$5m prize for good governance goes unclaimed again in Africa

An attractive cash package of $5 million (£3.4 million) over ten years awaits the winning applicant, including $200,000 annually for life thereafter. There is also an incentive of a further $200,000 per year for a decade to support public interest activities of the candidate’s choice. This position has remained vacant for some time and urgently needs filling.

Sadly, and despite the generous terms, this prize to reward outstanding democratic leadership in Africa went unclaimed yesterday for the second consecutive year.

The $5 million incentive, the world’s largest individual award for statesmen, was initiated by Mo Ibrahim, a Sudanese communications entrepreneur who began the scheme three years ago in an attempt to encourage good leadership on a continent with a history of poor governance, corruption and despotism.

Previous winners include Festus Mogae, the former President of Botswana, Joaquim Chissano of Mozambique and Nelson Mandela, who was made an honorary laureate in 2007.

This year, like last, the prize committee headed by Kofi Annan, the former UN Secretary-General and a Ghanain, found itself in the embarrassing situation of having no winner for 2009. Mr Ibrahim refused to be discouraged, arguing that the prize should remain an aspirational achievement and was not to be given away lightly.

“Whether there is a winner or not the purpose is to challenge those in Africa and across the world to debate what constitutes excellence in leadership,” he said. “The standards set for the prizewinner are high and the number of potential candidates each year is small. So it is likely that there will be years when no prize is awarded.”

Although the foundation does not publish a shortlist of eligible candidates, analysts say that 2009 was a bleak year and that there were more changes of government in Africa by the gun or death in office than by a peaceful transfer of power at the ballot box.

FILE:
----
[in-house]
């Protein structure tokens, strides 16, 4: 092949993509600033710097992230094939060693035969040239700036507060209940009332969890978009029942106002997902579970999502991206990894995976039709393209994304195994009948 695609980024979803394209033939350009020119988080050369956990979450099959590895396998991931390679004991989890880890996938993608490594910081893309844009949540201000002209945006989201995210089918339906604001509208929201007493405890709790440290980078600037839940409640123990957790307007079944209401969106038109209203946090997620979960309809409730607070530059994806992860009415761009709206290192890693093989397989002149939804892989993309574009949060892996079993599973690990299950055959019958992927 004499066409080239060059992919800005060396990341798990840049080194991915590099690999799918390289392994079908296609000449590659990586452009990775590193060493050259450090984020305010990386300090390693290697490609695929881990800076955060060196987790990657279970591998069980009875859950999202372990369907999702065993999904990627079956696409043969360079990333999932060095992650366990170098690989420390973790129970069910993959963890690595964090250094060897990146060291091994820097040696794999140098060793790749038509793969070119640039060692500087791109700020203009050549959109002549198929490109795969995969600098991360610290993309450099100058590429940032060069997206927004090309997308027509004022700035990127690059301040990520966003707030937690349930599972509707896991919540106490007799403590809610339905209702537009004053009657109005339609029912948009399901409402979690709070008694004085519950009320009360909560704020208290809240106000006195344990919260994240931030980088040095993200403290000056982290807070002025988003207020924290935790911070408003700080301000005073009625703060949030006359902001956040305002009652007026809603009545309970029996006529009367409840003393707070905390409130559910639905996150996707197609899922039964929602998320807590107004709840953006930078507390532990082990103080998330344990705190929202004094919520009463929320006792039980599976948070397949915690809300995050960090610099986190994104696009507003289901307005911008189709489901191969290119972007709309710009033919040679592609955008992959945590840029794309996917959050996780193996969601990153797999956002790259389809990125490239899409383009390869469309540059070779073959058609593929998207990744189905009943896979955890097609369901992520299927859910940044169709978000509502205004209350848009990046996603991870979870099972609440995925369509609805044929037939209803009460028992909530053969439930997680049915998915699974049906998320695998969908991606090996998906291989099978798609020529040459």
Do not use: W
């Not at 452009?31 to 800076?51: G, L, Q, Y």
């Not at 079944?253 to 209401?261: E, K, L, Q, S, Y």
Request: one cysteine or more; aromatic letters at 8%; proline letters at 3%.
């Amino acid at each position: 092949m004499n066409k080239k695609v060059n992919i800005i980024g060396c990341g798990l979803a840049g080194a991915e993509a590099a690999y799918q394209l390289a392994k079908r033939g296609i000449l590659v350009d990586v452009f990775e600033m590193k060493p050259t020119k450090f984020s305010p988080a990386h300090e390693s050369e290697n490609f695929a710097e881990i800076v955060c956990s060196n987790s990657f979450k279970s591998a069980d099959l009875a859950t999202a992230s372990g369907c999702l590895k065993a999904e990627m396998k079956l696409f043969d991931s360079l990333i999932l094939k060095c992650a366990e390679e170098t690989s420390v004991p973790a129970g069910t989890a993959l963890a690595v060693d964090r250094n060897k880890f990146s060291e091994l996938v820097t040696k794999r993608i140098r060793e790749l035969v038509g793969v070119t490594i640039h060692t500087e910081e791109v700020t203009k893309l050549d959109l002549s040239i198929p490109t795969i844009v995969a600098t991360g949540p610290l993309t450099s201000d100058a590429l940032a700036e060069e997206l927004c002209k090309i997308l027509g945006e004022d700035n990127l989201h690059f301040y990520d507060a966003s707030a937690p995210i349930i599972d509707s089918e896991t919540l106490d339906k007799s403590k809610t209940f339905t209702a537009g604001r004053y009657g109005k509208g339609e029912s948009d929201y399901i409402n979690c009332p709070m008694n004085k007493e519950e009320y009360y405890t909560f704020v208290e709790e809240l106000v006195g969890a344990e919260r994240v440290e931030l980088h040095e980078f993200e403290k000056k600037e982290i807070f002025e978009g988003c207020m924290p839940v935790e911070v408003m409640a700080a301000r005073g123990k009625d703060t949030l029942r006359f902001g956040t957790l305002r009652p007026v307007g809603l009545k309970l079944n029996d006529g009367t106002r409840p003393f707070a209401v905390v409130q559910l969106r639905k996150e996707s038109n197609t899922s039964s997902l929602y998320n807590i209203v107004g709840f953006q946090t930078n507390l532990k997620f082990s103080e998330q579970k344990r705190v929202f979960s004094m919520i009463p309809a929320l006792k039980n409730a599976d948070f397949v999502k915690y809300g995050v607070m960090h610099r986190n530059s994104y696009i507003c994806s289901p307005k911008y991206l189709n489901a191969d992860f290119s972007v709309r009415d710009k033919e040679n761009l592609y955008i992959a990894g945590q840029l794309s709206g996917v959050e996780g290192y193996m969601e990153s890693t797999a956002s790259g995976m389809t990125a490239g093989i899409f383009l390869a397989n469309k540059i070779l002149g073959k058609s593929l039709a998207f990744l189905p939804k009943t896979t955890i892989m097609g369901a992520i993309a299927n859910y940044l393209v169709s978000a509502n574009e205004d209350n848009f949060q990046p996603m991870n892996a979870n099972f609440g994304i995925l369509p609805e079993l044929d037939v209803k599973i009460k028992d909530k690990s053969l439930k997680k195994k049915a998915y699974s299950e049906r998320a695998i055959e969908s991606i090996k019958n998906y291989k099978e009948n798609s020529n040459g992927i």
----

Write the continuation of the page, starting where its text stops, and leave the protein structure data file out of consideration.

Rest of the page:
Because the prize is eligible to any leader who has stood down after a full term in the past three years Thabo Mbeki of South Africa, and Olusegun Obasanjo, the former President of Nigeria might have been considered. However, they had already been rejected from the 2008 candidates because Mr Mbeki was forced from office by his own party while Mr Obansanjo had wanted to stand for a third term.

“I would have been surprised if there had been a winner this year,” said Joel Kibazo, an associate fellow of Chatham House and a consultant on Africa. “It is important for the prize committee to keep high standards of eligibility because it means that those who win, deserve it.”

Several leaders of sub-Sahara Africa states have clung to power for decades and used constitutional means to prolong their hold on power.

Robert Mugabe, 86, has been in power in Zimbabwe since 1980, Uganda’s Yoweri Museveni, 65, came to power in 1986. Others who have sought third terms include Paul Biya of Cameroon, 77, who has served since 1982, and Yahya Jammeh of Gambia.

To encourage a new generation of leaders, Mr Ibrahim said that his foundation was to start a scheme to prepare young Africans with leadership potential for office.

“The programme will seek to attract a number of highly qualified and talented professionals each year to serve in leading institutions whose core objective is to improve the prospects of the people of Africa,” he said.

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